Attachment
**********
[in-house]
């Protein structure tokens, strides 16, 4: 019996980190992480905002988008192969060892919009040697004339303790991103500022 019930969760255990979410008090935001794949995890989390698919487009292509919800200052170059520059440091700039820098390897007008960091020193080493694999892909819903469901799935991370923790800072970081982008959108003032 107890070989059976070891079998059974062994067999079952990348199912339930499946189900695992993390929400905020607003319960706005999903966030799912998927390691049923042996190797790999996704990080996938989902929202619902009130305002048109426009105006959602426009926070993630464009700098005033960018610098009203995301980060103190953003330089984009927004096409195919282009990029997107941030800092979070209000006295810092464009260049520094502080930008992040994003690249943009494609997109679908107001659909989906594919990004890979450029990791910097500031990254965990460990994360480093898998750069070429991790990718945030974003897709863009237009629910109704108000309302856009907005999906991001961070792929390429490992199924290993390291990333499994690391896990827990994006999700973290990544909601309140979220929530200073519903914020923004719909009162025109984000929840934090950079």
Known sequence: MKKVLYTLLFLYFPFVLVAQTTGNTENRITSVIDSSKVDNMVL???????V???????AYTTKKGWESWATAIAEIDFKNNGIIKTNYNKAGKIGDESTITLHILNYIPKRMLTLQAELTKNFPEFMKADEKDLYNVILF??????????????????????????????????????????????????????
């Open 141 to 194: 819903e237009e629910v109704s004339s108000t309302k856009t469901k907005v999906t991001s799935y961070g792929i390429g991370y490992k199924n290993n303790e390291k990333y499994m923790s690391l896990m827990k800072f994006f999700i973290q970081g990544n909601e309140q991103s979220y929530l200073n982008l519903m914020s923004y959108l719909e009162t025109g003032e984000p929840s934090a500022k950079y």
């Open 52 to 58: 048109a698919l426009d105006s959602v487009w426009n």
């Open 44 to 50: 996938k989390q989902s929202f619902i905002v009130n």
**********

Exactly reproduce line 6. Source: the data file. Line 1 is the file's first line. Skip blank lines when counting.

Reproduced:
């Open 44 to 50: 996938k989390q989902s929202f619902i905002v009130n």